Badges: 13
#40
Report 7 years ago
#40
(Original post by Raterbee)
I intend to initially practice in Scotland, with intent to practice in England later in life. I don't wish to go to England to University, not only are the fees horrendous compared to those in Scotland, (Scottish citizens are entitled to free University tuition), I also do not wish to move so far away from my family. The only reason I would be living in halls is that the daily commuting expenses are not phesable.
Why not if you intend to practice in England? :lolwut:

Fees? http://www.factsonfees.com/

If you don't wish to move so far away from your family, do you think you are ready to cope with attending university at all?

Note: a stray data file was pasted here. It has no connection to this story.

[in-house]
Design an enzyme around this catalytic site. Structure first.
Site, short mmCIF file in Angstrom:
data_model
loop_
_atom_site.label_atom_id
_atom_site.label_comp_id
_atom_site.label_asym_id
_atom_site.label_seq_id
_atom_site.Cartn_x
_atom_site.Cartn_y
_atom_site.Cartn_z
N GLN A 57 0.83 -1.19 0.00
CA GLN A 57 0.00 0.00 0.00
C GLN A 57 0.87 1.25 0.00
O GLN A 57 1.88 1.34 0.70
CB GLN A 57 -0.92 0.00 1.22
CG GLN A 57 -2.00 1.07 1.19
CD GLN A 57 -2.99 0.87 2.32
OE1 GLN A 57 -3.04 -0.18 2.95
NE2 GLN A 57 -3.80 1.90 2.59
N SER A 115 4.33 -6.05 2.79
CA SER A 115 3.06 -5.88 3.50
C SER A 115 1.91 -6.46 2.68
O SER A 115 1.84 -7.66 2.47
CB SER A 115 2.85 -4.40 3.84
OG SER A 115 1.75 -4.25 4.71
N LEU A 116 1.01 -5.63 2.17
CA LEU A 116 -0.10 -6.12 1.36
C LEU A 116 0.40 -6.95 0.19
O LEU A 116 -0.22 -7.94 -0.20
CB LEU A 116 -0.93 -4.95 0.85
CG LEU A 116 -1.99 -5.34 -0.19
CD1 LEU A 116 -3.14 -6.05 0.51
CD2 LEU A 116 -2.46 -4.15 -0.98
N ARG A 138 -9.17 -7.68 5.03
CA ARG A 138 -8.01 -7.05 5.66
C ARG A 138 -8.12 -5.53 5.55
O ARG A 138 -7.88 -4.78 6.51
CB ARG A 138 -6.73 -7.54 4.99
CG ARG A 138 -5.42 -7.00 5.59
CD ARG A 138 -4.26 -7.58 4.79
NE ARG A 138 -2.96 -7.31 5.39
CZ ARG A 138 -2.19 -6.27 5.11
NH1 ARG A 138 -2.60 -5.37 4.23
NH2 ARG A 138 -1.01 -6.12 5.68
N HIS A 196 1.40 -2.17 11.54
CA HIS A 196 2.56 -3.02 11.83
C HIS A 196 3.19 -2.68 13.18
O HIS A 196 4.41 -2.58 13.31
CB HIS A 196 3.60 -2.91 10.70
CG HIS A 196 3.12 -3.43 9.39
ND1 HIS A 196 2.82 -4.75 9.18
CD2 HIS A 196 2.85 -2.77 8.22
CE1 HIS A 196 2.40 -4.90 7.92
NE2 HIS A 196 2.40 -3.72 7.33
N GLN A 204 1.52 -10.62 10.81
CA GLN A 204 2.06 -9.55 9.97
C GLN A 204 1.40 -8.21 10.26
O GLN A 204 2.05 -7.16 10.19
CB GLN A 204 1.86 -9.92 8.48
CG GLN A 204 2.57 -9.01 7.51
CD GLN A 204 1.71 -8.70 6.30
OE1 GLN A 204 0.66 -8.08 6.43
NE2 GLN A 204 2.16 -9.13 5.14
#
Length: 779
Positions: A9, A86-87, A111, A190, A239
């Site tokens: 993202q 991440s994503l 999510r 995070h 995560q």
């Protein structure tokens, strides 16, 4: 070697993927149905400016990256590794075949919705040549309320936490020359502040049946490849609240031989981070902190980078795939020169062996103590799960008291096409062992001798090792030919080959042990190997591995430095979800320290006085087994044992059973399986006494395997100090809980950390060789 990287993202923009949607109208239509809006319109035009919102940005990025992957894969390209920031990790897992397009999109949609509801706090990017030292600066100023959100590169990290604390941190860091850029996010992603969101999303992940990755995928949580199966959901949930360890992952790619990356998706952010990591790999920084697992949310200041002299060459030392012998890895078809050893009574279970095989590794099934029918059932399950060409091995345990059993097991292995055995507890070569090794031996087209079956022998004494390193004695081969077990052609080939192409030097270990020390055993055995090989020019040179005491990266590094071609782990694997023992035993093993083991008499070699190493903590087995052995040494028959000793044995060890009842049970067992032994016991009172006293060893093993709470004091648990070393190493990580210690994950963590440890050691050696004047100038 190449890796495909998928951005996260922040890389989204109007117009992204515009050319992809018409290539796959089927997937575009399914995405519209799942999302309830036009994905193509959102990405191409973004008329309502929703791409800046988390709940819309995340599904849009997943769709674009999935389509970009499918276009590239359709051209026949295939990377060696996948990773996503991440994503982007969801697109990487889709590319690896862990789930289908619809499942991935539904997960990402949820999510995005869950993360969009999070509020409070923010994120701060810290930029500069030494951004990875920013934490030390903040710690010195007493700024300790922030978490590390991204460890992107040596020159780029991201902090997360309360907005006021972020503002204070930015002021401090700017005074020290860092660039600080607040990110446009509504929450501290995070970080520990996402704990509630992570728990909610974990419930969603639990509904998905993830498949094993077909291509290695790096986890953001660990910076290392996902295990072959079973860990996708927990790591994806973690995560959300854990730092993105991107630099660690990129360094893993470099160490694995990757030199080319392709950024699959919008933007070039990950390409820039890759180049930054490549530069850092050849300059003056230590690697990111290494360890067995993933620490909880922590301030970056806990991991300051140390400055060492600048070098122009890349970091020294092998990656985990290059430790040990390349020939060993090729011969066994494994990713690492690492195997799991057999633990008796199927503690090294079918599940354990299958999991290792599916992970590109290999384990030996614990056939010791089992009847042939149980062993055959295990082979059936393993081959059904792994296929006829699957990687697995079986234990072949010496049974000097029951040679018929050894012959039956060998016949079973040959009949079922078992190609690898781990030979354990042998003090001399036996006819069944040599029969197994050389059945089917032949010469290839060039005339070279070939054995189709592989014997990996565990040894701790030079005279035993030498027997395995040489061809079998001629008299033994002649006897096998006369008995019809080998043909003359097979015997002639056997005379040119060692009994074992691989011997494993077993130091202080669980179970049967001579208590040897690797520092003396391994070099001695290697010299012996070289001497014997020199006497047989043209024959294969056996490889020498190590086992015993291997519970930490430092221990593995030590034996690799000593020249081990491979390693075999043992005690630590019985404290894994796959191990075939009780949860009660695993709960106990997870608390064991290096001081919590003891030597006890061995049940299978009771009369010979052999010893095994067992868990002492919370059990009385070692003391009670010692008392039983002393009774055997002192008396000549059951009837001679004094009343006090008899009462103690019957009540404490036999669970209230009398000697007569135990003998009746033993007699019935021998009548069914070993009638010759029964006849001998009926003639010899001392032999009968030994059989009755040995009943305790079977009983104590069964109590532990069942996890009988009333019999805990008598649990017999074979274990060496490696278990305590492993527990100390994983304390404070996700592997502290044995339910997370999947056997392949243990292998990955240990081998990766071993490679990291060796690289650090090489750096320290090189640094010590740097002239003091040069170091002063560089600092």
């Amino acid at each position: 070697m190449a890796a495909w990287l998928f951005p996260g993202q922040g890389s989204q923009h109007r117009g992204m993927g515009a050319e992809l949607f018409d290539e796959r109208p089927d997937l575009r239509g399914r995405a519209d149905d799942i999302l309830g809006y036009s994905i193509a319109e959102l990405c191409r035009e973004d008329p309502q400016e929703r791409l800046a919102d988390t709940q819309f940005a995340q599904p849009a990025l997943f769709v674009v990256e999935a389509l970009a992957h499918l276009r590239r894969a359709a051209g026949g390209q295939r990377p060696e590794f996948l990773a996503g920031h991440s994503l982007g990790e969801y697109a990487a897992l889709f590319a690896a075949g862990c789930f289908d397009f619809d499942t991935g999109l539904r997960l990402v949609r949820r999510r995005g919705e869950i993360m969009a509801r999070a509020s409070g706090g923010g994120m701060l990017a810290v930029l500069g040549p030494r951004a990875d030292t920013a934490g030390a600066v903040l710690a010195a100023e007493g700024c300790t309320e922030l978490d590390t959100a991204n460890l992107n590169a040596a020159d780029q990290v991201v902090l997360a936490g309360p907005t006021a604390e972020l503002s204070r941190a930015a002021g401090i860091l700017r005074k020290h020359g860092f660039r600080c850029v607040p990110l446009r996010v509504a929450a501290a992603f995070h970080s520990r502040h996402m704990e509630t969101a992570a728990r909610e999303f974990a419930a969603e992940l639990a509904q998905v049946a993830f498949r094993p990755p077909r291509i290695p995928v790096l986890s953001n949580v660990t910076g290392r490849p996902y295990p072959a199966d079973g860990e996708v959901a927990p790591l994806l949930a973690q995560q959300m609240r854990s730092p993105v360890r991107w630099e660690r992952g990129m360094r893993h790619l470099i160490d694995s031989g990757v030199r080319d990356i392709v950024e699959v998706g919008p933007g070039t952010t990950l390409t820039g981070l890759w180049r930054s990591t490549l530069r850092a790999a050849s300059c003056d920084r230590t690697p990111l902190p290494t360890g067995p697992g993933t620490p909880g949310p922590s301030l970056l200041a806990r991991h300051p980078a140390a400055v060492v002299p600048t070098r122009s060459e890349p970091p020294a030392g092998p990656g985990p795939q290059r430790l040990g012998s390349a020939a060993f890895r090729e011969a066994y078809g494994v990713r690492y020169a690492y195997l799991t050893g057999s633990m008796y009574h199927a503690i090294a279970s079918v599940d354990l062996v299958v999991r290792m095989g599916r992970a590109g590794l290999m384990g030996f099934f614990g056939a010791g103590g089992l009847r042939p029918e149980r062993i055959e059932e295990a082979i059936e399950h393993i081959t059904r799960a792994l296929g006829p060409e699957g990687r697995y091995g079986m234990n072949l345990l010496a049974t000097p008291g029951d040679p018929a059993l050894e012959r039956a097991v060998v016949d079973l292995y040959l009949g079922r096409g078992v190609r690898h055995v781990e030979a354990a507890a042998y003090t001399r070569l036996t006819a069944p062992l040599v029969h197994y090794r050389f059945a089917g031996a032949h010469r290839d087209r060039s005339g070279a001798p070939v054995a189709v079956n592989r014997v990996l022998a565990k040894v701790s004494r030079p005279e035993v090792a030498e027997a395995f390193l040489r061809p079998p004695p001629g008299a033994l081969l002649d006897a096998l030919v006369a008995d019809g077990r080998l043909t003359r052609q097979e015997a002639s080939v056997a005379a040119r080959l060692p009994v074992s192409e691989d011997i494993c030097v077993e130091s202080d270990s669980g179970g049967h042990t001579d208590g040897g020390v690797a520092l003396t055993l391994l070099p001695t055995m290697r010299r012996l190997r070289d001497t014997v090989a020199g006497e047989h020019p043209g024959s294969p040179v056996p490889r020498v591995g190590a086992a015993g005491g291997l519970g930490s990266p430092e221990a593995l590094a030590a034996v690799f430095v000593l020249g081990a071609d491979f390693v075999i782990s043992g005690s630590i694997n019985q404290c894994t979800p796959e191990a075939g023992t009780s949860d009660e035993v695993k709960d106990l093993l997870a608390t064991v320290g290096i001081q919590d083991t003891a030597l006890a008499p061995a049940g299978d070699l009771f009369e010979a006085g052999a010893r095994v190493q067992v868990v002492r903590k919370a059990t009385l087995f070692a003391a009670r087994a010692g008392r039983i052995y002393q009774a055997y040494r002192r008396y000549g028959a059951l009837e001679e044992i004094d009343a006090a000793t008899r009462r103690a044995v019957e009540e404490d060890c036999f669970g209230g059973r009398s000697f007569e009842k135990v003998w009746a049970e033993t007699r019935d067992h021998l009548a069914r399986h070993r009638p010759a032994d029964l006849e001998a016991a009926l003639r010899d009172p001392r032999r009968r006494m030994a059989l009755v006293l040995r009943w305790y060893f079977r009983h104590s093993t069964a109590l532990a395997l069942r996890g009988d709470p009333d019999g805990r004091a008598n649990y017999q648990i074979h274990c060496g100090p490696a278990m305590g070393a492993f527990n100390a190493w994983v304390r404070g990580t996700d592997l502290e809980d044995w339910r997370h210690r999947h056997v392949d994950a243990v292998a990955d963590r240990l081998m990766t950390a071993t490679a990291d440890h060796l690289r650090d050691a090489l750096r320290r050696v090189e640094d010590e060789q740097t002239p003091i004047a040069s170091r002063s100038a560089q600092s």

reply
X

Quick Reply

Attached files
Write a reply...
Reply
new posts
Latest
My Feed

See more of what you like on
The Student Room

You can personalise what you see on TSR. Tell us a little about yourself to get started.

Personalise

University open days

  • Cranfield University
    Cranfield Forensic MSc Programme Open Day Postgraduate
    Thu, 25 Apr '19
  • University of the Arts London
    Open day: MA Footwear and MA Fashion Artefact Postgraduate
    Thu, 25 Apr '19
  • Cardiff Metropolitan University
    Undergraduate Open Day - Llandaff Campus Undergraduate
    Sat, 27 Apr '19

Have you registered to vote?

Yes! (260)
38.86%
No - but I will (46)
6.88%
No - I don't want to (49)
7.32%
No - I can't vote (<18, not in UK, etc) (314)
46.94%

Watched Threads

View All
Latest
My Feed

See more of what you like on
The Student Room

You can personalise what you see on TSR. Tell us a little about yourself to get started.

Personalise